By Susan D’Arcy, Luxury and Spa Editor of The Sunday Times
Get off that rebounder trampoline, put down your turmeric latte, turn off your Himalayan salt lamp and please put your jade egg in a paper bag and throw it off a bridge, here are the trends that every self-respecting, Lululemon-wearing, Om-chanting wellness junkie needs to embrace for 2018.
A New Detox For Your Toolbox
When doga (yoga with your pet pooch) became a thing we realised that the first-world enthusiasm for this ancient Indian discipline really did know no bounds so we’re forecasting a 2018 trend for yogic detox. It’s hard-core so more suited to seasoned yogis who want to deepen their practice than beginners and it’s not a beansprout-based diet, for which we give it a big round of applause. Instead it focuses on traditional hatha postures and a six-step plan to cleanse the mind and body. The cuddlier processes include Kapalabhati breath work (forceful exhalation, which can aid weight loss) and Tratek, candle-flame gazing (a form of meditation that increases concentration). The more challenging techniques include Jal Neti, washing out the nasal passages with lukewarm salt water (which boosts memory) and Kunjal Kriya, drinking lukewarm saline water on an empty stomach until you throw up (which supports digestion and tones the abdominal organs). Who knew Ibiza clubbers were halfway to mystic purity?
The Vegan Society says sales of vegan food increased by 1,500% last year, Love Cocoa has just launched the UK’s first avocado chocolate bar, and you can’t move in Shoreditch for tofu trucks and almond milk lattes. In other words, veganism is having a serious cultural moment. Other countries report a similar spike in commitment to free-from-everything-but-virtue products and yet even though many skincare ranges are already, technically, vegan, spas have been slow to sync in with this lifestyle statement. Expect that to change during 2018 when they will start to work with Peta-approved brands to promote vegan-friendly treatments for a responsible inner and outer glow.
Bricks For Spa Chicks
Feng shui is no longer enough, we want our bricks and mortar to encourage a sense of wellbeing too. So expect to see new spas embracing the concept of “wellness architecture”. They’ll increasingly be shouting about how their resorts use paint and plants that capture toxins thus improving air quality; walls embedded with algae biofuel cells that grow their own energy; advanced circadian mood lighting and sophisticated acoustics that can have energising or calming effects. The buzz phrase is sacred geometry: the principle of using mathematical ratios to create a harmonious environment that resonates with guests on both a cellular and conscious level.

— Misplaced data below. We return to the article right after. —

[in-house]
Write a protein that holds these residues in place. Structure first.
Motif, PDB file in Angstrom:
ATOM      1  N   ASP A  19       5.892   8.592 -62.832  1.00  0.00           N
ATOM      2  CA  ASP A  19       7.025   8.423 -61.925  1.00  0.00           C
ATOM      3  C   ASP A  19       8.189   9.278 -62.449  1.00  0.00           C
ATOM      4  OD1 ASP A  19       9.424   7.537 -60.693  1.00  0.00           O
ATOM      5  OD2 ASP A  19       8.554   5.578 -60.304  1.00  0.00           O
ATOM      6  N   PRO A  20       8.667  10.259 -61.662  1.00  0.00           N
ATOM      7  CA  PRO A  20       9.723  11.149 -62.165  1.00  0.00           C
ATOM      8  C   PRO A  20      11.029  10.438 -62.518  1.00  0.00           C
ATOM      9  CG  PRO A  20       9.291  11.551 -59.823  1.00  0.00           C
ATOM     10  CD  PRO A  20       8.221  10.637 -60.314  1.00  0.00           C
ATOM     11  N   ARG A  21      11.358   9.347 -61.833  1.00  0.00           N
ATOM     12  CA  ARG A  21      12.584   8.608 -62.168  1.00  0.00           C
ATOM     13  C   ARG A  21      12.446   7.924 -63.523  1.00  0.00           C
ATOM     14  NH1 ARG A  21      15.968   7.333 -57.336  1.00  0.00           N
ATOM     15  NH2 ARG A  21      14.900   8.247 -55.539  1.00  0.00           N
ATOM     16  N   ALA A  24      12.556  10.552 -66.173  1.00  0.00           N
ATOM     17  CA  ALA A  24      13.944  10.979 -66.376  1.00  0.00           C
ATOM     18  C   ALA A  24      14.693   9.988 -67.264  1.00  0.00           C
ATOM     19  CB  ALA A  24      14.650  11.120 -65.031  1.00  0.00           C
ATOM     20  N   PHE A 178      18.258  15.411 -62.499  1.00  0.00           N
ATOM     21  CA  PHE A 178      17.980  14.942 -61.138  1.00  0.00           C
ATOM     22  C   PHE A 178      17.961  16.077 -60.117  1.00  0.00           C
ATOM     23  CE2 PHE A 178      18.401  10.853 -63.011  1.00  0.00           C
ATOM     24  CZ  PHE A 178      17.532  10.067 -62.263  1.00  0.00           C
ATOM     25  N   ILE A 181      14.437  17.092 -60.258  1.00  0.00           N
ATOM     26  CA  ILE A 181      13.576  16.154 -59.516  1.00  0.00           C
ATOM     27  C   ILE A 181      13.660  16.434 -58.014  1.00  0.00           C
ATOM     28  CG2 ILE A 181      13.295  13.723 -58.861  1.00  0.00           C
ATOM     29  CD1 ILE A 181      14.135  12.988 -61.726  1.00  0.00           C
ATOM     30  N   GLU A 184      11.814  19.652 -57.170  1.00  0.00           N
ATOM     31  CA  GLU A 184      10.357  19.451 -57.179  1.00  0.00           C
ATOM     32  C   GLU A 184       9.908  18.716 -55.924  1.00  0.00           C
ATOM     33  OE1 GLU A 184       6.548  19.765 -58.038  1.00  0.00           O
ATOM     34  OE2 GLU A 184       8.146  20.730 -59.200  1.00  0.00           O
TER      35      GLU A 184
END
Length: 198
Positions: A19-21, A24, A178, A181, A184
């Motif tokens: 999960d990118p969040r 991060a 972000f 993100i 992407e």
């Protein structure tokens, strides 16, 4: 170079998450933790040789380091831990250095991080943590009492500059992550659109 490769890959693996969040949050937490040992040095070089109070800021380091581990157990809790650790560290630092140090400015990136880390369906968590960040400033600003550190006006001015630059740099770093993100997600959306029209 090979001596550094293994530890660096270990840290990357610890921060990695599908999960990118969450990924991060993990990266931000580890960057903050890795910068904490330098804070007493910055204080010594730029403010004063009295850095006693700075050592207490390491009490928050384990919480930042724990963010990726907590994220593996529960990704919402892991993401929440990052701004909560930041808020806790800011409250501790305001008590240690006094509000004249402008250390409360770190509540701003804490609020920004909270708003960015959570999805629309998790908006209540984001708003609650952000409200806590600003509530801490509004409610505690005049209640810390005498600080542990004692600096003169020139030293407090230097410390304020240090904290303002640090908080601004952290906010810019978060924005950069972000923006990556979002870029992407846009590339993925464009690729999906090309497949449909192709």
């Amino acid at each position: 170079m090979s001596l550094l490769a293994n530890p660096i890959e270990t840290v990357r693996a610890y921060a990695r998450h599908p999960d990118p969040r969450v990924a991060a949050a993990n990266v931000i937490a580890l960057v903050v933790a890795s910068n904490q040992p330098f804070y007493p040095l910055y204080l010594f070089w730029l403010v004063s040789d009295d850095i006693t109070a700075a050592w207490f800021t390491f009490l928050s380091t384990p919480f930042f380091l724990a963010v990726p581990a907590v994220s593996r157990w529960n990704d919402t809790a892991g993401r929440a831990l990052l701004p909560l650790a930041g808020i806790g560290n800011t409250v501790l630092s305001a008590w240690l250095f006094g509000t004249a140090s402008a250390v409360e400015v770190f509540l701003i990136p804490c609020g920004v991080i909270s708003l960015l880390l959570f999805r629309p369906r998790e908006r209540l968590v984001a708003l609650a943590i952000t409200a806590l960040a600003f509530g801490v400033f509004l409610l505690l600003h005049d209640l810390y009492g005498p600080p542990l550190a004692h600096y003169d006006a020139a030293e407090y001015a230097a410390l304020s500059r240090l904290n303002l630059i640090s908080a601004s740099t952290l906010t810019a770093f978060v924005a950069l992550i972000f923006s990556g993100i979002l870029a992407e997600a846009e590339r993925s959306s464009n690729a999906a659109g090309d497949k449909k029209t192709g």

Play Your Cards Right
After the Motherpeace Tarot Deck provided the inspiration for Christian Dior’s cruise 2018 collection, we didn’t need a reading to tell us that the cards are making their way out of dusty, dimly lit occult shops and into cool holistic boutiques. It’s a natural progression of “woo-woo wellness”, already riding high on the popularity of healing crystals and shamanism. With tarot’s segue into the mainstream come trendy new packs, featuring illustrations of plants and animals instead of scary images of the grim reaper and hanged man. Spooked by those Wicker Man undertones? Exponents say we should regard the cards as a means to unlock the subconscious mind and open meaningful discussion rather than predict the future. Got it – but next week’s lottery numbers still welcome.
The Spa World’s F Word
That’s F for Fascia: the body’s all-important cobweb of connective tissue that keeps muscles, ligaments and joints in correct alignment. Your aches, pains and general lack of energy may well be down to malfunctioning stiff fascia as a result of injury, poor posture or simply good old gravity. Deep-tissue massage has always been the spa world’s go-to recommendation for sufferers but relief is usually only temporary. Enter Rolfing, which involves resetting your fascia by treating the whole body rather than a problem area, resulting in impressive long-term results. It’s not new. It was developed in the Forties by American biochemist Dr Ida Rolf, and it’s already well established in the USA but, finally, as baby boomers the world over look to cheat the ageing process, it’s starting to pop up on international spa menus. Fans include former prime minister David Cameron and wife Sam and even if you don’t have a specific problem, Rolfing makes you look slimmer, stronger and younger by improving your posture. You’d think Dave might’ve told Theresa.
For Those Who Can’t Stand The Heat
The sweaty, flame-cheeked look doesn’t work for anyone but saunas are a key component of wellness so what to do? Fortunately, help is at hand. Infrared saunas are suddenly, er, cool. For while the traditional version heats the air around the body and so, to be effective, needs to reach unbearable barbecue levels that most of us can’t stand after five minutes, the infrared alternatives, the so-called saunas on steroids, operate at much lower temperatures (think fetching glow) because they heat your body from the inside so you can manage the necessary 30-minute stint to feel the benefits. Claims about releasing toxins including heavy metals, we take with a pinch of salt (which, incidentally, will definitely be released by your body, along with water – it’s called sweat). However, there is general consensus that infrared heat improves metabolism, the complexion and circulation, boosts collagen production and can even enhance mood. Leonardo DiCaprio, Lady Gaga and Michelle Williams (and Gwynnie of course) are all regular users. Jennifer Aniston even has one at home and spas everywhere are hastily installing them.